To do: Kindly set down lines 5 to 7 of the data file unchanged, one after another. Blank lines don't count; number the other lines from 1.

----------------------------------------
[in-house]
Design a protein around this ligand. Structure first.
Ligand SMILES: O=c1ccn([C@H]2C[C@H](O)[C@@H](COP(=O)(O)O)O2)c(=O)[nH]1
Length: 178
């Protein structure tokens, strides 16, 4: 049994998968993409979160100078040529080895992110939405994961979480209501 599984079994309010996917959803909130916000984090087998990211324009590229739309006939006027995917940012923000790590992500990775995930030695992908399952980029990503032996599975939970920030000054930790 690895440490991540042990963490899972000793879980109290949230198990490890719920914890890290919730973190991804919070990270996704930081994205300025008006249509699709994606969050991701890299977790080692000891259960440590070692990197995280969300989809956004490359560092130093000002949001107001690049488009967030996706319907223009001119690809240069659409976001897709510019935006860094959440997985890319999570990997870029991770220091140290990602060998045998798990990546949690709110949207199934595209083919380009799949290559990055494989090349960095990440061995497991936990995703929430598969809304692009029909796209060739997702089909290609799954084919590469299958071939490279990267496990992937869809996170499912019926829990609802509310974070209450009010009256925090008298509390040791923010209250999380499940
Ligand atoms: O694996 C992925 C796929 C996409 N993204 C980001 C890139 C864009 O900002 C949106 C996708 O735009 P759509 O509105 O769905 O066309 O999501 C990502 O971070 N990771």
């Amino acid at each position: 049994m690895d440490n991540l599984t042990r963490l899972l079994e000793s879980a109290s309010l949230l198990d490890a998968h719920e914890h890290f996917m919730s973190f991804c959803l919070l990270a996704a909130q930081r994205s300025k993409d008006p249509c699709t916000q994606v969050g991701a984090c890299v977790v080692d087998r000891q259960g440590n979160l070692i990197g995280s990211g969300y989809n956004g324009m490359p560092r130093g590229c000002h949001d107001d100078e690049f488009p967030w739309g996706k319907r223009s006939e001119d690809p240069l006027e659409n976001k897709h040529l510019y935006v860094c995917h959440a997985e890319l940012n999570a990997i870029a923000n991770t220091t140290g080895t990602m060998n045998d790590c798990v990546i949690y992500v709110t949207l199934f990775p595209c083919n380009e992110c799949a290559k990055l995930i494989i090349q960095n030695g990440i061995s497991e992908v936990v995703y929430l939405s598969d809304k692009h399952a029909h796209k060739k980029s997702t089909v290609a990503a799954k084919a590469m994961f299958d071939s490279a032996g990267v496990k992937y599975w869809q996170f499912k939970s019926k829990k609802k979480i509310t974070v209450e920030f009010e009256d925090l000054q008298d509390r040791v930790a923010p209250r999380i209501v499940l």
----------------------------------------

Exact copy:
């Protein structure tokens, strides 16, 4: 049994998968993409979160100078040529080895992110939405994961979480209501 599984079994309010996917959803909130916000984090087998990211324009590229739309006939006027995917940012923000790590992500990775995930030695992908399952980029990503032996599975939970920030000054930790 690895440490991540042990963490899972000793879980109290949230198990490890719920914890890290919730973190991804919070990270996704930081994205300025008006249509699709994606969050991701890299977790080692000891259960440590070692990197995280969300989809956004490359560092130093000002949001107001690049488009967030996706319907223009001119690809240069659409976001897709510019935006860094959440997985890319999570990997870029991770220091140290990602060998045998798990990546949690709110949207199934595209083919380009799949290559990055494989090349960095990440061995497991936990995703929430598969809304692009029909796209060739997702089909290609799954084919590469299958071939490279990267496990992937869809996170499912019926829990609802509310974070209450009010009256925090008298509390040791923010209250999380499940
Ligand atoms: O694996 C992925 C796929 C996409 N993204 C980001 C890139 C864009 O900002 C949106 C996708 O735009 P759509 O509105 O769905 O066309 O999501 C990502 O971070 N990771």
């Amino acid at each position: 049994m690895d440490n991540l599984t042990r963490l899972l079994e000793s879980a109290s309010l949230l198990d490890a998968h719920e914890h890290f996917m919730s973190f991804c959803l919070l990270a996704a909130q930081r994205s300025k993409d008006p249509c699709t916000q994606v969050g991701a984090c890299v977790v080692d087998r000891q259960g440590n979160l070692i990197g995280s990211g969300y989809n956004g324009m490359p560092r130093g590229c000002h949001d107001d100078e690049f488009p967030w739309g996706k319907r223009s006939e001119d690809p240069l006027e659409n976001k897709h040529l510019y935006v860094c995917h959440a997985e890319l940012n999570a990997i870029a923000n991770t220091t140290g080895t990602m060998n045998d790590c798990v990546i949690y992500v709110t949207l199934f990775p595209c083919n380009e992110c799949a290559k990055l995930i494989i090349q960095n030695g990440i061995s497991e992908v936990v995703y929430l939405s598969d809304k692009h399952a029909h796209k060739k980029s997702t089909v290609a990503a799954k084919a590469m994961f299958d071939s490279a032996g990267v496990k992937y599975w869809q996170f499912k939970s019926k829990k609802k979480i509310t974070v209450e920030f009010e009256d925090l000054q008298d509390r040791v930790a923010p209250r999380i209501v499940l």